Of course your public dns will be different but the AWS window should give you the correct command.

connect via console

Now its time to check out the code, we git clone the hello world app using the below command

“git clone https://github.com/samelamin/HelloDockerWorld.git hellodockerworld”

This command creates a “hellodockerworld” folder and checks out the source code inside it

next navigate into the created folder using

“cd hellodockerworld”

and we should see the 2 source files

file lists

Docker Docker Docker!

Docker uses a file called a a href="https://docs.docker.com/reference/builder/"Dockerfile to describe how the application works. You can imagine this file as a list of instructions telling docker how to build this application

So we need to create this docker file. to do this just run

“nano Dockerfile”

This commands opens up an editor and paste this into it

FROM microsoft/aspnet

COPY . /hellodockerworld WORKDIR /hellodockerworld

RUN ["kpm", "restore"]

EXPOSE 5004 ENTRYPOINT ["k", "kestrel"]

The instructions are fairly straight forward.The first line tells Docker to use the offical ASP.NEt on Docker Hub as our base image

  • The COPY tells Docker that we will copy the contents of the current folder to the ./hellodockerworld of the container while the WORKDIR instruction will move to the /hellodockerworld
  • The RUN command basically says use the “K Package Manager” to install the dependencies, you might ask yourself - this is basically nuget - well actually it uses nuget internally hence why the .NET team recently announced that they are renaming the kpm to just nuget
  • The EXPOSE command informs Docker that this image has a service which will be listening at port 5004.(see project.json for more info)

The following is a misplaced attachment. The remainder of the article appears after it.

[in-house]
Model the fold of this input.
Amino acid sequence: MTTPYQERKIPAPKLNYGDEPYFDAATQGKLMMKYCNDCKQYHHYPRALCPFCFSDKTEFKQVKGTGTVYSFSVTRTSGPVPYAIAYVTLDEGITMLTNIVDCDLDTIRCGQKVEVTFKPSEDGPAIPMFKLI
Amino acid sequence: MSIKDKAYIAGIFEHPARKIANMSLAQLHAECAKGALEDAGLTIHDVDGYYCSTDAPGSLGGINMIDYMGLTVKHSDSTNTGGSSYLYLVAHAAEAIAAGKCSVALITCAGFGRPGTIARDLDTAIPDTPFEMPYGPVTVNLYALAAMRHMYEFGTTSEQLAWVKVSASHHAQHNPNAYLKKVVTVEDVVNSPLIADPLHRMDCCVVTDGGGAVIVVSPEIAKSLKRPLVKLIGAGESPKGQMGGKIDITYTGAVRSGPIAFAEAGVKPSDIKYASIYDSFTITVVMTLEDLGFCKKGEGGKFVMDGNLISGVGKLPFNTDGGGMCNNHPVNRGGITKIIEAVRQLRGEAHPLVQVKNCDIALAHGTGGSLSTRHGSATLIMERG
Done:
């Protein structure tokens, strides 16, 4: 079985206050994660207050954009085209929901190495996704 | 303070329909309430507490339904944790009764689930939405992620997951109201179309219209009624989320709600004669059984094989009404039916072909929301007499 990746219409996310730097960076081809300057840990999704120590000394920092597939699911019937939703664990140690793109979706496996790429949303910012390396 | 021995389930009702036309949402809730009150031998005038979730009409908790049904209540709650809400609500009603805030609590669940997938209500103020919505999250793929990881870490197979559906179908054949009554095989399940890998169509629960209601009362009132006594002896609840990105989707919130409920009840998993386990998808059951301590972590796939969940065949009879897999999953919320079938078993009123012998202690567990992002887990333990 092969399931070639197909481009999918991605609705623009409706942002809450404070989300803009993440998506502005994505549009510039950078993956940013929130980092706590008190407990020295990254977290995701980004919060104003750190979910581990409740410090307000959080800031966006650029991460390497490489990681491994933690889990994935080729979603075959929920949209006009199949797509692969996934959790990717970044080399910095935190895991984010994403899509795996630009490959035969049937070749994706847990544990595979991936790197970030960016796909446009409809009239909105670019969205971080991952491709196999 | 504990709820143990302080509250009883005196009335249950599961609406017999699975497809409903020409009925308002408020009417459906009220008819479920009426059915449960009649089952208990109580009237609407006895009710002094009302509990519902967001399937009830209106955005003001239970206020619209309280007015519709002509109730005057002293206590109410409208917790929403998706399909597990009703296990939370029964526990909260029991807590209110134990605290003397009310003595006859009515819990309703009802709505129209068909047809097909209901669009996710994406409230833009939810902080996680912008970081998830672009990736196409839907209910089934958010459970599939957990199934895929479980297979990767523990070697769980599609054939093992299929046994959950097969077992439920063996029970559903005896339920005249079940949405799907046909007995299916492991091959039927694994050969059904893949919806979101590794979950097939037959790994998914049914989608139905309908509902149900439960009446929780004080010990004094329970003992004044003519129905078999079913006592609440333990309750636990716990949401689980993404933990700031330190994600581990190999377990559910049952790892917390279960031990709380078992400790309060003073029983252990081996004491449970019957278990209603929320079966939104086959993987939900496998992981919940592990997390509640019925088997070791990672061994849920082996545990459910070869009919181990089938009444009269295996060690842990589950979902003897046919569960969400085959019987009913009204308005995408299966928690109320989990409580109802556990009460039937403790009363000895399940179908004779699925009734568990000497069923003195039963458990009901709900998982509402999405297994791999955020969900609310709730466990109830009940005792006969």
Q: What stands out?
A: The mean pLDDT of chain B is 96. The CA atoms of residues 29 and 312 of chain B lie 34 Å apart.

• The ENTRYPOINT starts the container and keeps it up and running, in our case we are starting listening to requests coming from port 5004
Finally press CTRL+X to exit the editor and Press Y to save the file and name it Dockerfile

Next we build the docker image, all we need to do is run this command

“sudo docker build -t hellodockerworld .”

This command builds an image using the Dockerfile we just created and calls the image hellodockerworld.

Every time we want to redeploy the application we should just rebuild the container. That means we have a brand new application for each change in the application

Once the building of the image is complete we can confirm that the image exists by listing the docker images on the server

“sudo docker images”

docker image list Running the damn thing!

Now that the hard part is done we can start the container using the below command

“sudo docker run -t -d -p 80:5004 hellodockerworld”

  • The -t switch attaches a pseudo-tty to the container (this switch will not be necessary in future versions of ASP.NET 5).
  • The -d switch runs the container in the background, otherwise the web server's standard input/output streams would be attached to our development machine's shell.
  • The -p switch maps port 80 of the VM to port 5004 of the container. In this case, connections coming to port 80 of the VM will be forwarded to our container listening on port 5004.
  • Lastly, hellodockerworld is the Docker image name we are using to start the container. We built this image in the previous step.
Now if we navigate to the public ip address on a browser then we should see our application running right?

Actually no you will find that the request times out, any idea why?

Well its actually the security groups! we have not enabled access via HTTP (port 80) so if you navigate to your instance on the AWS Console

security groups gotcha

next we right click over the security group and edit the inbound rules and allow HTTP

add HTPP

Now if we refresh our browser……

Done

Thats it folks! now its time to build useable applications and rebuild your container. Have fun!